A total of 1,000,000 Android device users around the world encountered dangerous software between August 2013 and July 2014, according to the results of a survey carried out by Kaspersky Lab and INTERPOL. In fact, this period was the peak of cyber attacks registered in recent years.
The most popular malicious programs are SMS Trojans that send messages to premium rate numbers without the owner’s awareness.
Users in Russia, India, Kazakhstan, Vietnam, Ukraine and Germany are among the main targets for cyber attacks targeting Android. Mostly this is because people in these countries often pay for content and online services via SMS; for cybercriminals it is an attractive way to monetize malicious attacks because they can use these services to quickly and anonymously transfer money from prepaid mobile accounts to third-party bank accounts.
The main reason for the increase in the number of attacks and attacked users was the use of Trojan-SMS family programs. These accounted for 57.08% of all detections made by Kaspersky Lab security solutions for Android-based devices.
Second came RiskTool (21.52% positives), conditionally legitimate programs which can, however, be used for malicious purposes (sending SMS notifications of paid messages, transmitting geo-data, etc.). Applications with aggressive advertising (pop-ups, notifications in the status bar, etc.) were in third place (7.37%).
“We often hear experts saying that Android users have nothing to worry about, that although malicious programs for this system appear regularly, the number of attacks is not significant. Until recently, that could be regarded as a fair comment. However, the situation has changed dramatically over the last year – and not for the better”, said Roman Unuchek, senior virus analyst at Kaspersky Lab.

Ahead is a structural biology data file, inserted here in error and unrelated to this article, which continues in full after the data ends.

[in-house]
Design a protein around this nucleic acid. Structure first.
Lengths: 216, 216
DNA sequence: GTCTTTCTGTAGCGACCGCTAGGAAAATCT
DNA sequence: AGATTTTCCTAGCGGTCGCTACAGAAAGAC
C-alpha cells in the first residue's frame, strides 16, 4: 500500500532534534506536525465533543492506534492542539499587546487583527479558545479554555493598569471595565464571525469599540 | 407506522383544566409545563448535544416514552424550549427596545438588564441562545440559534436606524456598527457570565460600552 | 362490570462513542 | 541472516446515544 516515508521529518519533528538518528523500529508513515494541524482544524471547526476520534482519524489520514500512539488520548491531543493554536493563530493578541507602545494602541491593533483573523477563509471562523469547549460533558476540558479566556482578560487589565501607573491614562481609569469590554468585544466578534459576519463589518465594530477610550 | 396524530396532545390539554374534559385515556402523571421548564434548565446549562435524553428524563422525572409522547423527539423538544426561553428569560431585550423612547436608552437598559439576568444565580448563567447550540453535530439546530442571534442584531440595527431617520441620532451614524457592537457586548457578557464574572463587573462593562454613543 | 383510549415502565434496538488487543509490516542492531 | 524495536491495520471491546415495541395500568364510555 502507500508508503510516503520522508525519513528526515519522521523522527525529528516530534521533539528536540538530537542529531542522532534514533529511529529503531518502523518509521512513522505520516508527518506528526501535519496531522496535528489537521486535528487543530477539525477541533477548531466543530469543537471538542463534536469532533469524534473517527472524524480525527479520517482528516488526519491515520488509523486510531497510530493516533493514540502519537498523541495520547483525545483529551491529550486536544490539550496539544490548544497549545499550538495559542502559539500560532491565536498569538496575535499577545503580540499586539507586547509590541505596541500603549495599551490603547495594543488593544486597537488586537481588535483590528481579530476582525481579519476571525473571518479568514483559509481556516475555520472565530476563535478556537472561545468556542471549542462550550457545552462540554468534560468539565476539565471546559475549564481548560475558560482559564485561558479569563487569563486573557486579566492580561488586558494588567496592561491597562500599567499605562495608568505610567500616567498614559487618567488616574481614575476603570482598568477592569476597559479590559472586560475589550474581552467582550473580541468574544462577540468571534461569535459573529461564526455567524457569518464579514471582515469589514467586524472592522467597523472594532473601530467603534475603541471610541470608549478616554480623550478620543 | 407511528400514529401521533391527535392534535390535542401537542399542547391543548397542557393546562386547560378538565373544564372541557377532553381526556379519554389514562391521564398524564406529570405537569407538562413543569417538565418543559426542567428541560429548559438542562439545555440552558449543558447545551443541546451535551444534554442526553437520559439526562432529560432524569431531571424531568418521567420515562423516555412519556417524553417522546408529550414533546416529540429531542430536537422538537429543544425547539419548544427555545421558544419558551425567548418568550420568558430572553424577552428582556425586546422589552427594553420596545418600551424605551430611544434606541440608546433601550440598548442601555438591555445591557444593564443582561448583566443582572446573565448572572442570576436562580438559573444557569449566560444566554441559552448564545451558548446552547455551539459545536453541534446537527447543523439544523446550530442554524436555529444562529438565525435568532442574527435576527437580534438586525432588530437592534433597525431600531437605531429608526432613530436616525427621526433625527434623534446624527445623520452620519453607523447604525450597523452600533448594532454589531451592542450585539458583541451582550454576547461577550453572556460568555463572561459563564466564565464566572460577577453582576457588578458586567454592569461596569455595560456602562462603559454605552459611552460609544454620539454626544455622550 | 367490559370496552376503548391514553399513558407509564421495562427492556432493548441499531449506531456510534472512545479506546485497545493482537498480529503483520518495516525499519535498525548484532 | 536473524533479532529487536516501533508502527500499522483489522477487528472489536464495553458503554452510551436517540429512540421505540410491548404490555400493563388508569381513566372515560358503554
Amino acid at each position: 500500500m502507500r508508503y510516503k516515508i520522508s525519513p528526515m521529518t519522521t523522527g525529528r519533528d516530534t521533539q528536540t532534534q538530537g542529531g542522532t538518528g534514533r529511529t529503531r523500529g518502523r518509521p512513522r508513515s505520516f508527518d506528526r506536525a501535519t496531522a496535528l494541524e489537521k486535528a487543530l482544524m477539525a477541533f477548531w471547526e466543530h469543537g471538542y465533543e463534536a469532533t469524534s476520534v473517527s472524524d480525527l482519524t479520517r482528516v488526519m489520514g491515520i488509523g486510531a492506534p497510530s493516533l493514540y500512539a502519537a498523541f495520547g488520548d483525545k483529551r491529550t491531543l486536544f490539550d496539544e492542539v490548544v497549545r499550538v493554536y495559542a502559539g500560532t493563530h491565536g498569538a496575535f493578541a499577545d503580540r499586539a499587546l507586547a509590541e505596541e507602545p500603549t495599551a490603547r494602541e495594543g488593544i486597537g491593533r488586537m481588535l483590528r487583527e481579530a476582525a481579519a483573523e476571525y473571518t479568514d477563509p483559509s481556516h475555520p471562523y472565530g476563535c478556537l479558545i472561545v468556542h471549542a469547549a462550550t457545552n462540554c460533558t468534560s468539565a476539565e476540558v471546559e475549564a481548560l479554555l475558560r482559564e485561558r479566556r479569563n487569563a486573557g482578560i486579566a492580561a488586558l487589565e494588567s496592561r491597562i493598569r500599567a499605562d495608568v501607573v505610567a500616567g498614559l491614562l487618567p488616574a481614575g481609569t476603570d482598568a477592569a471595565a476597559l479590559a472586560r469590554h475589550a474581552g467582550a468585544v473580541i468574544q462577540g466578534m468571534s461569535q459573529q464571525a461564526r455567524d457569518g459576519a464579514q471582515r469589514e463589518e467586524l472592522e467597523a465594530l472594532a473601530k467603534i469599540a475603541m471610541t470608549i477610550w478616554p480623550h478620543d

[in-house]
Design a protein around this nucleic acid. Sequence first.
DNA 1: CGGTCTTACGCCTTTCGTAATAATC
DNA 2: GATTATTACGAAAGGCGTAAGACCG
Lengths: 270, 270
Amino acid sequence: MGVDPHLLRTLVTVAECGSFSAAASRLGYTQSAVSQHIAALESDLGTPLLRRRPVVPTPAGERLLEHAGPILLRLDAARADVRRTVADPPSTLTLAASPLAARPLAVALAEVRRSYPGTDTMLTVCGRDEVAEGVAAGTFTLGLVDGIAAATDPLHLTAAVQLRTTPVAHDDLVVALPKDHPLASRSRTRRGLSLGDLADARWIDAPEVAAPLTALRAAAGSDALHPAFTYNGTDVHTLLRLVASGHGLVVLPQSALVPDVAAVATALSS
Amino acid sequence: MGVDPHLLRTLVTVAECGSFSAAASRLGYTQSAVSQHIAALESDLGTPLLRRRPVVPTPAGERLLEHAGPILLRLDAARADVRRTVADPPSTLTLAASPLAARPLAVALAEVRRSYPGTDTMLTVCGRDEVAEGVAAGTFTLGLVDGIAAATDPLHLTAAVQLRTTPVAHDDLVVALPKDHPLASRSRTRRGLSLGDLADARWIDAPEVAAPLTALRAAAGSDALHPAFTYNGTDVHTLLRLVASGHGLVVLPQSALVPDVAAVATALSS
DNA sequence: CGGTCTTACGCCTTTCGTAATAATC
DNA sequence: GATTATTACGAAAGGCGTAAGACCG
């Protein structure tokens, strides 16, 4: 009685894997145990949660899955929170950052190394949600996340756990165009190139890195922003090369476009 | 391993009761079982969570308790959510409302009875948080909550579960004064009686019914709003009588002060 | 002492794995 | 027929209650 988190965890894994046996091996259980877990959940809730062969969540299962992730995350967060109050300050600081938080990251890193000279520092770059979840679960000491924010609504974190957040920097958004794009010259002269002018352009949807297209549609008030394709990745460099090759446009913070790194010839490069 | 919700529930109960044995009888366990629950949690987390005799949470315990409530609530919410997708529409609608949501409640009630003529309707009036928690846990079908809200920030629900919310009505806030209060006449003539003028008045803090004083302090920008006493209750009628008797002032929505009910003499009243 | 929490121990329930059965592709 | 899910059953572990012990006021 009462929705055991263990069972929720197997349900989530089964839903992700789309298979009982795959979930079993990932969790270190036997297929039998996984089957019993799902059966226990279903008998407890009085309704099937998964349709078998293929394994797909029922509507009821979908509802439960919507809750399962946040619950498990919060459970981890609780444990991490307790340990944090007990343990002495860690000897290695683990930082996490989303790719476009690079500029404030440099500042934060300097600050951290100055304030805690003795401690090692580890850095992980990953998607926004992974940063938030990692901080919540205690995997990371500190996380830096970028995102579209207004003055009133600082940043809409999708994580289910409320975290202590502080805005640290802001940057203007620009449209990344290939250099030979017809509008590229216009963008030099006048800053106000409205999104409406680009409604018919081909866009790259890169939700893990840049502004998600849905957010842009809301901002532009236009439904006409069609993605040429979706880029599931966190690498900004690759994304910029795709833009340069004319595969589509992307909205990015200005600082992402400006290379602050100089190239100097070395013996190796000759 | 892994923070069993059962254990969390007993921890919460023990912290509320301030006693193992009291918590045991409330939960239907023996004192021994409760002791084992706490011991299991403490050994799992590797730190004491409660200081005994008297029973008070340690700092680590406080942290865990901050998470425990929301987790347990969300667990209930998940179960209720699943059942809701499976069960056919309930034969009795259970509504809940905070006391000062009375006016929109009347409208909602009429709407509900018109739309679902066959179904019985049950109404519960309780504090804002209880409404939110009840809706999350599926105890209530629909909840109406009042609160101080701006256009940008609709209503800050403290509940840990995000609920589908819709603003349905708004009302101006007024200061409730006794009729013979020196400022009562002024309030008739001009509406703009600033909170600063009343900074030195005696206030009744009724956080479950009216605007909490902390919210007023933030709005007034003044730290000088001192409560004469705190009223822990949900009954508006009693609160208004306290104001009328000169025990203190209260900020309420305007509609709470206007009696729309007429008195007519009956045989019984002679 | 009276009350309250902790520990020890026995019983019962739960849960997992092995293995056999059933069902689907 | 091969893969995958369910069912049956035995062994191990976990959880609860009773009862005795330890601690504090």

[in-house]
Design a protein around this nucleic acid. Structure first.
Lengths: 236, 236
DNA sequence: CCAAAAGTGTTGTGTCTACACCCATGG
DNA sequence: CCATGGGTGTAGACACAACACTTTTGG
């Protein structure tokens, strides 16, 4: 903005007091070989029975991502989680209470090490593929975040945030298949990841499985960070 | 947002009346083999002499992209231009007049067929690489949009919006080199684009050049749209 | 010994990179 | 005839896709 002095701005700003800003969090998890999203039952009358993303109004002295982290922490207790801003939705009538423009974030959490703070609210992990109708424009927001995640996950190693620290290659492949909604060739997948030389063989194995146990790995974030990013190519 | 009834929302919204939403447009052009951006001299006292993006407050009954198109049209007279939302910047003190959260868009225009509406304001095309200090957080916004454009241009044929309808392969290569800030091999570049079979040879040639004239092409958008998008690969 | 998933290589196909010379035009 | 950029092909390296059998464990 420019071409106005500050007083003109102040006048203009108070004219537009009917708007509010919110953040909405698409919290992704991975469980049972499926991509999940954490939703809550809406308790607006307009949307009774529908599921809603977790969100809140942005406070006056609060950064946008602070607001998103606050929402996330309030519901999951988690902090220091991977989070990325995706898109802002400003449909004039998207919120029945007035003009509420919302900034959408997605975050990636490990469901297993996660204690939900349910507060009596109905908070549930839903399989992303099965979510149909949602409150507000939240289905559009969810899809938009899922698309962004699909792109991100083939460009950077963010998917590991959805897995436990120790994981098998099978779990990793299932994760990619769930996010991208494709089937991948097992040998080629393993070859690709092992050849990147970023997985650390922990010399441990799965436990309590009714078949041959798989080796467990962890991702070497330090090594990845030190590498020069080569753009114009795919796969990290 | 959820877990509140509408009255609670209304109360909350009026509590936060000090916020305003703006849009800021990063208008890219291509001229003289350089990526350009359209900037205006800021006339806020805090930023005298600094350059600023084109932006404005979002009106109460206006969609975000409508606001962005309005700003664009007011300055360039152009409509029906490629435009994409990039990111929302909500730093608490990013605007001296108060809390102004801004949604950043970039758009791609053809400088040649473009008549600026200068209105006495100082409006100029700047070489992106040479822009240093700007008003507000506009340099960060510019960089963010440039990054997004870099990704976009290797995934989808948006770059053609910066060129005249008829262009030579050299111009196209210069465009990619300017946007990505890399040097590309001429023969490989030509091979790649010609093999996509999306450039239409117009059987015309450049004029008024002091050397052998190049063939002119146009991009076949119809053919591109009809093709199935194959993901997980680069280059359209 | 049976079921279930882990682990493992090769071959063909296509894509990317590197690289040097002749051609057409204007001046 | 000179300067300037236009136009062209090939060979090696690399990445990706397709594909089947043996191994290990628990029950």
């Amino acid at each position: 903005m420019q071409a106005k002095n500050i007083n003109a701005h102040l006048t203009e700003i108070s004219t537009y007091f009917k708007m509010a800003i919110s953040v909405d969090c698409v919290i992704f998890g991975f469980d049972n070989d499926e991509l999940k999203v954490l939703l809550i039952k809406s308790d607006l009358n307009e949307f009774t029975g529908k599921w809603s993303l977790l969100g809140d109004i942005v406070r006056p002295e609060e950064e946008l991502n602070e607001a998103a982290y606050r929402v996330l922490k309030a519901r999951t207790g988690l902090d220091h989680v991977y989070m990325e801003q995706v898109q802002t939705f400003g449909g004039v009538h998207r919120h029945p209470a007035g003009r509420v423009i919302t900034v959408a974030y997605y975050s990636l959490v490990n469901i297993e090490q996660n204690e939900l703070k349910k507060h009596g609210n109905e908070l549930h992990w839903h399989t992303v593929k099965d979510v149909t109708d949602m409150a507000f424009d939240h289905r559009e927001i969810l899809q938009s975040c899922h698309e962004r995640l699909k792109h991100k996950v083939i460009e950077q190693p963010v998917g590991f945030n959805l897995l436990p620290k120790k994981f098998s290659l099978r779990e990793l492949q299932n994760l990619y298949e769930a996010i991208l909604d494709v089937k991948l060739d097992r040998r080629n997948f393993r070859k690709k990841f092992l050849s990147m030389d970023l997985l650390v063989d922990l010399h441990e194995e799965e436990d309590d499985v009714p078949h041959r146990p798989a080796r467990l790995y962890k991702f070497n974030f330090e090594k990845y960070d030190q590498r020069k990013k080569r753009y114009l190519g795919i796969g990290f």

However, it cannot be concluded that the threat landscape for Android-based devices was entirely pessimistic during the reporting period. In April 2014, Kaspersky Lab experts noted a serious decline in the total number of attacks that happened, mostly due to a serious drop in the number of Trojan-SMS attacks.
This may have been the result of new rules for the services paid via SMS introduced by Russia’s telecoms regulator. Now all Russian operators must be sent a confirmation message from any subscriber who is trying to pay for services via SMS. Since July 2014 the number of attacks has started increasing once more, it is possible that the new legislation contributed to the fall in April, indirectly confirming the effectiveness of legislation against cyber-fraud.
“INTERPOL and Kaspersky Lab have produced a report highlighting the currents threats and trends picked up over the course of 2013 and 2014. This report again underlines that cybercrime is not exclusively a new form of crime. What we see here is the model and structure of traditional organized crime encapsulated in a technologically advanced form”, – said Dr. Madan Oberoi, Director of Cyber Innovation & Outreach at INTERPOL